Suzanne was very art-minded and in addition to the two Seurats, she had the house full of mostly Sunday paintings she bought in the region. She subscribed to a Parisian art review and knew full well the value of the Seurats (then about a quarter of a million each). She had prepared for us the bedrooms vacated by her two children, and you can imagine Pat’s delight at the furnishings: rustic tables, bureaus and beds covered in handsome traditional cloth, some of it embroidered. For two days Suzanne made tasty meals with the farm’s chicken, pork, vegetables, and fruit. She was loquacious and reminisced about the 1930s in Paris, and about her occasional trips to Paris to keep up with the art world. Georges was more the shy provincial farmer, terribly pleased at our visit, and eager to show us the nearby countryside as a substitute for talking.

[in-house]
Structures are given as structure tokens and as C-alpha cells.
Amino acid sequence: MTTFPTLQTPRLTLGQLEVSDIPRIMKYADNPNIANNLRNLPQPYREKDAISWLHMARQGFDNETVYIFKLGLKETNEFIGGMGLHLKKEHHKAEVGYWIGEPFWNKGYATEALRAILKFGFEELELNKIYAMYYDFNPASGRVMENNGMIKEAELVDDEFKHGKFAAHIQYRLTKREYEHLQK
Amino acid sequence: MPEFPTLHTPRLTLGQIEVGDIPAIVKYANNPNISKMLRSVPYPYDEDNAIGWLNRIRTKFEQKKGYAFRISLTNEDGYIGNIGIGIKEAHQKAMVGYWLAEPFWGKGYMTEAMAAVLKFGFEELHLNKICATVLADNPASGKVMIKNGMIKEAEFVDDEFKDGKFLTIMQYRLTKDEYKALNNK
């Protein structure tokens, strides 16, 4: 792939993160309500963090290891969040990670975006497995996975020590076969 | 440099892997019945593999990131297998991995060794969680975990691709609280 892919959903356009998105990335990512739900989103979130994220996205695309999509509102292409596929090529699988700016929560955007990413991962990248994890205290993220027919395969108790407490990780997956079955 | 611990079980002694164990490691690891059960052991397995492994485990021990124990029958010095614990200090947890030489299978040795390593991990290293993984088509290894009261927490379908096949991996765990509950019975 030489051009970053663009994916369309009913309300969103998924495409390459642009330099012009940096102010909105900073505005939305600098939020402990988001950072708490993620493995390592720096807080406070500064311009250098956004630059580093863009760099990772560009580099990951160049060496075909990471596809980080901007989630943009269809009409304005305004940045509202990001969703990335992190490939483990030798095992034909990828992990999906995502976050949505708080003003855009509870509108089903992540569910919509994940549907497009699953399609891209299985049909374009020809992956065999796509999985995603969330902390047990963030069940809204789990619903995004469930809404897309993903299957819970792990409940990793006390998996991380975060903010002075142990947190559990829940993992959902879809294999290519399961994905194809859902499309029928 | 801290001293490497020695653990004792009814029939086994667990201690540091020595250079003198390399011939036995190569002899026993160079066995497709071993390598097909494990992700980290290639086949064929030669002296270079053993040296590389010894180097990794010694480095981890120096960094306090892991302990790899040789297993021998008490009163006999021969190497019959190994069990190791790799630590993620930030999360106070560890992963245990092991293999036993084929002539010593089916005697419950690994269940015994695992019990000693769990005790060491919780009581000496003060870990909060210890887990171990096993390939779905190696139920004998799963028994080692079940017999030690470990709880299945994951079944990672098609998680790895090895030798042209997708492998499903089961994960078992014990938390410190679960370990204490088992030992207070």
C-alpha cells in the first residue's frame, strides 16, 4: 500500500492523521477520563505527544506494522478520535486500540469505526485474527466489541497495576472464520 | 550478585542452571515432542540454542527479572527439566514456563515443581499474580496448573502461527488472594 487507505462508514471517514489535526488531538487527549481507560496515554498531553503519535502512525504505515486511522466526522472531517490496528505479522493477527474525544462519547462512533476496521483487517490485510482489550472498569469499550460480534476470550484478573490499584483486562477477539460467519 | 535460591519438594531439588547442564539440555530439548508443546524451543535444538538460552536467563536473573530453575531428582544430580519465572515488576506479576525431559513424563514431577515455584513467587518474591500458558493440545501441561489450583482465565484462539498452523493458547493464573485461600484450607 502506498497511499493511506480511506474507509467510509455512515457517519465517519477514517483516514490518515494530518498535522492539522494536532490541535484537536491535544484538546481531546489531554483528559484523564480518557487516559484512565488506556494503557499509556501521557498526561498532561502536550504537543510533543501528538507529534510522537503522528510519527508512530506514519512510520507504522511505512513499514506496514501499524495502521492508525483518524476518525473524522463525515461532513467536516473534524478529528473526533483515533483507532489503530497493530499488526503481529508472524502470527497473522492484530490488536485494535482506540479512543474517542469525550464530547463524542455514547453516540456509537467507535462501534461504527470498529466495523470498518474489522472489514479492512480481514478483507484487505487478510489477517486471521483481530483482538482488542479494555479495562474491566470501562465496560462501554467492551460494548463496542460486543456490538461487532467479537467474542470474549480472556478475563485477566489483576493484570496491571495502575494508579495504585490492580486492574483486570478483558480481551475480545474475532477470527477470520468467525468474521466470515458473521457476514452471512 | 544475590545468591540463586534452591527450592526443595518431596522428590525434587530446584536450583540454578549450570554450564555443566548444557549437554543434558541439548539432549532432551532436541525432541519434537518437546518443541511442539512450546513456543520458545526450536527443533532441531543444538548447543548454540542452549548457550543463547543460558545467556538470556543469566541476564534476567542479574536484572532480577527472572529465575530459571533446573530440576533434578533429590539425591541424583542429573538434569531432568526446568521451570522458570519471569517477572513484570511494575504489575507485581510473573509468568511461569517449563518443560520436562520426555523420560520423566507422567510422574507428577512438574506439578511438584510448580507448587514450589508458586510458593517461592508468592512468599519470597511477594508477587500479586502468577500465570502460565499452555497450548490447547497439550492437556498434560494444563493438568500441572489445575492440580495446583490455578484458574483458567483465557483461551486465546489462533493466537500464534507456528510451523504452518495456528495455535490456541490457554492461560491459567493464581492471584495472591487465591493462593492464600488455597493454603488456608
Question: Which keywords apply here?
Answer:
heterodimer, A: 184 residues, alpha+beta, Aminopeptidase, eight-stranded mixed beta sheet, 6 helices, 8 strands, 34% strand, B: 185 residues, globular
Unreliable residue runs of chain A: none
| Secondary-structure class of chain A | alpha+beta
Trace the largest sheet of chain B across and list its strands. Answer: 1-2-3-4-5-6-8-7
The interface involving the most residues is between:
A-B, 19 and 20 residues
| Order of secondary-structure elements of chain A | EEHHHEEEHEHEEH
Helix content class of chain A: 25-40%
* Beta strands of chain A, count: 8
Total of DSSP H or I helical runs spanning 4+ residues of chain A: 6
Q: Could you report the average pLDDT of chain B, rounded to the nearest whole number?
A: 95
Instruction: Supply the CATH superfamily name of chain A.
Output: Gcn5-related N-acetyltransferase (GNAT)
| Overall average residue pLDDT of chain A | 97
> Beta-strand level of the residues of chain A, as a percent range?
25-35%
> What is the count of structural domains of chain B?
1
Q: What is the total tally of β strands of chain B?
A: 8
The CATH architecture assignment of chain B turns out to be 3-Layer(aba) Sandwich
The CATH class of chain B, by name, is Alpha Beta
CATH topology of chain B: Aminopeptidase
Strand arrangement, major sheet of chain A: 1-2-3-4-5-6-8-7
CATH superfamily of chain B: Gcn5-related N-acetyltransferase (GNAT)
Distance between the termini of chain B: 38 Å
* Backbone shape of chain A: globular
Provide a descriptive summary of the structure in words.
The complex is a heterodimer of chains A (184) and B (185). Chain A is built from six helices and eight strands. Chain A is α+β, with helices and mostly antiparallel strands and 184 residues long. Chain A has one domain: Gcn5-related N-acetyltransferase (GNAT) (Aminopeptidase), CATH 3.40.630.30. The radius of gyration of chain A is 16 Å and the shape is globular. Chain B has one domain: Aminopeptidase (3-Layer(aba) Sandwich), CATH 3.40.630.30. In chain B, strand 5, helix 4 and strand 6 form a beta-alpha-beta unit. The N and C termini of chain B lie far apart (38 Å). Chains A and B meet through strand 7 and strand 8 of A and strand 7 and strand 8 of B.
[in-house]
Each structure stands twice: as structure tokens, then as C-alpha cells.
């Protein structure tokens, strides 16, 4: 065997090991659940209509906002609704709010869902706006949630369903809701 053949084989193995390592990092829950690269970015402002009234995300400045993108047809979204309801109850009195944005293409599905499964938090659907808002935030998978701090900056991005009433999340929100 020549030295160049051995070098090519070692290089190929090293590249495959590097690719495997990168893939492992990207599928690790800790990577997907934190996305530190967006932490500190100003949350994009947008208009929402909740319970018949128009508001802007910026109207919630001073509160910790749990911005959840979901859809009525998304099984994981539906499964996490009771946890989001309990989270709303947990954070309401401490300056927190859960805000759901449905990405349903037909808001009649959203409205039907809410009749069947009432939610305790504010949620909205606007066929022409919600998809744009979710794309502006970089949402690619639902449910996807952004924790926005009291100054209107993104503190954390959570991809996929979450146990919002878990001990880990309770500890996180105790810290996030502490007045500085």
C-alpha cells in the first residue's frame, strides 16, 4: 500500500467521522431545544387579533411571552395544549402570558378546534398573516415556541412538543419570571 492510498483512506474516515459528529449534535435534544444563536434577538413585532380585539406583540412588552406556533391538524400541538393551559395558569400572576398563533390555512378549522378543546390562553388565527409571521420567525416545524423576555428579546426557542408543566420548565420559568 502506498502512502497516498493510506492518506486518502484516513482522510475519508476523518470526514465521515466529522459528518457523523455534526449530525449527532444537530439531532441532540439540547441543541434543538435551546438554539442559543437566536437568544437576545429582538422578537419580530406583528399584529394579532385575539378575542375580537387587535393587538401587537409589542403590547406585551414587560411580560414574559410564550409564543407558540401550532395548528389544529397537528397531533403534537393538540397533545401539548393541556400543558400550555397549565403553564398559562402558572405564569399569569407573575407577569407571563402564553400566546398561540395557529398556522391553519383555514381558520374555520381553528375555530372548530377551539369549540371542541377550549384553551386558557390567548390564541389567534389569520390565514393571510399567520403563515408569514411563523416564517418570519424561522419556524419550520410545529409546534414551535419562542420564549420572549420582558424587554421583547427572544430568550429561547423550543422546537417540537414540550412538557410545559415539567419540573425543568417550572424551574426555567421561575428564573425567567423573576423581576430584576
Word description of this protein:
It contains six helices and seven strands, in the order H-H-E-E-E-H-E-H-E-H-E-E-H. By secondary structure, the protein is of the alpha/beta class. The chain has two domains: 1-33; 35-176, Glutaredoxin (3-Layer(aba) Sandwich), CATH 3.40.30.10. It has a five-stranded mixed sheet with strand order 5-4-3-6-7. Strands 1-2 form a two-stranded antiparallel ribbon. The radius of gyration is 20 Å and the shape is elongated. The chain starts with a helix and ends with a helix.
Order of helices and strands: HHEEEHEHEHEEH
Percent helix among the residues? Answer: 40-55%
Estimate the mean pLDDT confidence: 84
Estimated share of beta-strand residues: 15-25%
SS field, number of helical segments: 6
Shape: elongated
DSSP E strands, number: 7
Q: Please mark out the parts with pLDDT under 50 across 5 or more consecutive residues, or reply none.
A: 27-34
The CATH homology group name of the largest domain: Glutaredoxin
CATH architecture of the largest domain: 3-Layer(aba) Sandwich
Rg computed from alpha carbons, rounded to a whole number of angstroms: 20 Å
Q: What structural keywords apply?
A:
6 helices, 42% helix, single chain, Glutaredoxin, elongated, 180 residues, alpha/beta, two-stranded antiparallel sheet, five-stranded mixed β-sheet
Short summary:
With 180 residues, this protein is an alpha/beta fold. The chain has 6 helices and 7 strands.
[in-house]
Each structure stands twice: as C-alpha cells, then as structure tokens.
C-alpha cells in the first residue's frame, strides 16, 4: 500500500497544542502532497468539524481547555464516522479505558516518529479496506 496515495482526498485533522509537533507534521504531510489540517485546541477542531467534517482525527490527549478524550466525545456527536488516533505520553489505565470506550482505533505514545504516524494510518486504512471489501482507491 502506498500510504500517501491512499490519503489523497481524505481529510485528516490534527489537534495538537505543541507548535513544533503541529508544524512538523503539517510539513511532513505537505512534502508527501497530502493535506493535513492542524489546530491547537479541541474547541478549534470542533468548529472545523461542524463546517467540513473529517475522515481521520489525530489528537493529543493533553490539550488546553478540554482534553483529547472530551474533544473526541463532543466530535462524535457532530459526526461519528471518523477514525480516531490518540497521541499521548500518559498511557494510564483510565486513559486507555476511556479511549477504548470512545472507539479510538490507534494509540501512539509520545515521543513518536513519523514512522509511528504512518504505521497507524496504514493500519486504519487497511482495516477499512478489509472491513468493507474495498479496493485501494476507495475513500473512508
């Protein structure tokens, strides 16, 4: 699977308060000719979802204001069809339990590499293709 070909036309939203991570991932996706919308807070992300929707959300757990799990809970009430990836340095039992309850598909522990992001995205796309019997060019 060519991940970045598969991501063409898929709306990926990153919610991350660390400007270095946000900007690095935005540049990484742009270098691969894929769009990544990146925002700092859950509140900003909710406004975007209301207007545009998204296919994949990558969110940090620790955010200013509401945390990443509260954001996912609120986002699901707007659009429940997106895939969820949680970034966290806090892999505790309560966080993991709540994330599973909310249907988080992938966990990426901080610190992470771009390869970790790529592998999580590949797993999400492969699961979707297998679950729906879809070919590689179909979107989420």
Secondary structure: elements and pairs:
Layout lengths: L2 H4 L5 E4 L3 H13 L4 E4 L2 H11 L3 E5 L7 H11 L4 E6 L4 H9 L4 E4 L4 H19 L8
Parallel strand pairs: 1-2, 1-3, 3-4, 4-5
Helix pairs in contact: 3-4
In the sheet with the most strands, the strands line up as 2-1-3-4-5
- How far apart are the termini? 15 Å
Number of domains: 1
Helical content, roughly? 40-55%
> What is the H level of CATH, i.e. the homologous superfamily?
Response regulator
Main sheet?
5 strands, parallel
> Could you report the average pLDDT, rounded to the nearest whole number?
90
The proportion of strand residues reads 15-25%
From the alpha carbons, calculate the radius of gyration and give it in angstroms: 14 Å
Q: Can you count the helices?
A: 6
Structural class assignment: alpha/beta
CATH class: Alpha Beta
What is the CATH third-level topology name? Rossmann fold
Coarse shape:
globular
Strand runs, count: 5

Pat and I returned to Paris after going to Lyon to see the textile museum––you know Pat’s love of textiles––and the fine arts museum. We had an evening in Paris with my artist friends Anne and Bertrand Dorny, whom I had known since 1968 when we all met as parents of children who went to the same school. Before we headed home, Pat had a couple of meetings with some women who were in the midst of forming a French chapter of the DES-Alert movement.